Looking back to when you were a kid, did you ever imagine getting to the heights you have?

It’s so weird but I remember when I was maybe six or seven, when it was your birthday at school, you’d have to stand on a chair while everyone sings for you. You’d have to tell everyone what you are going to be when you grow up and I would always say a “professional football player”. I didn’t know I was going to get this far or playing in big tournaments and win trophies or whatever but I always wanted it and I always aimed for it. So I would always put in the extra work and go for it as it’s what I wanted to do. I’ve always thought that if you know what you want to achieve then it’s up to you to go and get it.

Were there any hurdles or didn’t you every get any negative comments from people that said you couldn’t be a professional football player?

Not in my class room or at school. I always used to play football with boys until I was about sixteen. When we’d turn up for a game, I’d always hear comments from the opposite team that they were playing against a team with a girl. They’d be like “they’ve got a girl on the team, she can’t play football” and all that kind of stuff. You’d hear that all the time. That would only last one game though. After the game they’d always be like “oh yeah, ok, you can play football”.

The funny thing is, I was discussing this with my mum recently and she said to me “did you never notice that the parents were also like this?” Saying things like “why is there a girl on the boys team?”, it was just so old fashioned. I’m just so happy that this mentality has changed a little bit and is changing more.

Did hearing things like that drive you on and make you more hungry to prove people wrong?

To be fair the boys would always stick up for me. They’d just be like “you wait, you don’t have a chance”. The boys were all my best mates and they all had my back so I didn’t really have to say anything myself. I’d just let my feet speak and most of the time that would make the other team shut up.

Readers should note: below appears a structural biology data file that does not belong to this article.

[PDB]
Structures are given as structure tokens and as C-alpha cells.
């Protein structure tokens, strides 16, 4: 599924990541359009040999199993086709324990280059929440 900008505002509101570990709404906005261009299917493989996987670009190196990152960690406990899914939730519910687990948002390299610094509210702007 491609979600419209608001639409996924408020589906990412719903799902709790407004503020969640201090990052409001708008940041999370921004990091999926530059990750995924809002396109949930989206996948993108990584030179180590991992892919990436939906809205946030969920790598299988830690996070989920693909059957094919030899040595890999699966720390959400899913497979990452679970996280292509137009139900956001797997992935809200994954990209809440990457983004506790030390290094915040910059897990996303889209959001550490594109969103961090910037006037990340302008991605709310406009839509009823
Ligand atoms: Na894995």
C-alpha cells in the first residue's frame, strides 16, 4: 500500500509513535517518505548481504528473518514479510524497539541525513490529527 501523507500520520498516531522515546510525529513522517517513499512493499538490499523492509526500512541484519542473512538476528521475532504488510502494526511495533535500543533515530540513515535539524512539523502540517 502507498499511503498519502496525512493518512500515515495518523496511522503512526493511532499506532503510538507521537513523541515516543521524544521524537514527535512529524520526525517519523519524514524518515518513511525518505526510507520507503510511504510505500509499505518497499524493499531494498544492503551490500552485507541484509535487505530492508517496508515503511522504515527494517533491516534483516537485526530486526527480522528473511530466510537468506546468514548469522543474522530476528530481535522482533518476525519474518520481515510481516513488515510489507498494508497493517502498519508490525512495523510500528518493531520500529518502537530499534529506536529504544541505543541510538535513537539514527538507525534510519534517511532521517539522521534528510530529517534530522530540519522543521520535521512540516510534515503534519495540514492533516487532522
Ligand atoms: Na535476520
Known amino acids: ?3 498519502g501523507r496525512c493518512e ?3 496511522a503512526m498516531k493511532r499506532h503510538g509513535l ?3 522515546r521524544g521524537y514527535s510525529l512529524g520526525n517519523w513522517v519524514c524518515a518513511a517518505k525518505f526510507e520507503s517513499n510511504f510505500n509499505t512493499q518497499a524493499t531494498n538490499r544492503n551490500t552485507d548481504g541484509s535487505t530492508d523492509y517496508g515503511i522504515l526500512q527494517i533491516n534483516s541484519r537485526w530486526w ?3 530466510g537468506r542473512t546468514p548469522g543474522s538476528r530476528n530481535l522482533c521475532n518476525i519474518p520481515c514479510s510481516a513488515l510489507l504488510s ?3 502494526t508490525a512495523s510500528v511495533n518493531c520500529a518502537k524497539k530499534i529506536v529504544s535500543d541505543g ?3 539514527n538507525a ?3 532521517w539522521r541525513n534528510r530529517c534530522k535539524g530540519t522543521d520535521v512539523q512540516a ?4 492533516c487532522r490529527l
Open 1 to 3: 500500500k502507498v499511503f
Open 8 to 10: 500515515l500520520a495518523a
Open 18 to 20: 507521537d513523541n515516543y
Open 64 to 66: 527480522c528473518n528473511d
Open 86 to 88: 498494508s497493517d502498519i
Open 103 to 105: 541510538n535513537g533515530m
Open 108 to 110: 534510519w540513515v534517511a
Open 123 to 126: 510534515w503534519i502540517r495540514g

Looking back now, you must be pretty proud of where you’ve come. Do you ever look back and reflect in that way?

Yeah, I think I will but after my career a bit more. Sometimes I need that reality check. My best mate often says that to me. Seeing things like a full stadium when we play for the national team means so much. That’s so sick and probably the best feeling that there is. But I just have so much more that I want to accomplish. I want to play at the Olympics. I want to be the best player in the world and stuff like that. I just always want to do so much more.

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How gutted were you when the Olympics were pushed back?

It did hurt. I’m 28 and I’m getting older. I just don’t want to get older basically [laughs]. It really hurts though because when I started my rehab, that was the goal I put at the end of it - to be fit for the Olympics and be even better prepared so I can go there and smash it. I can’t complain really when I’m healthy and I know peoples lives are at risk if the Olympics continued. As an athlete you can’t be that selfish when the world is in such a situation like this. You just need to accept it. I’m just happy it didn’t get cancelled and got postponed instead. It still means there’s hope for me to play at the Olympics.

At least it gives you that carrot to aim for once we’re through the other side of this. Do you think you’re going to be more hungry than ever to to win after this?

Probably, yeah. Though there are always new goals to aim for. The league will come with a huge focus and the Olympics will still be there. There’s going to be a new high for me, I know it.

Photography by SoccerBible.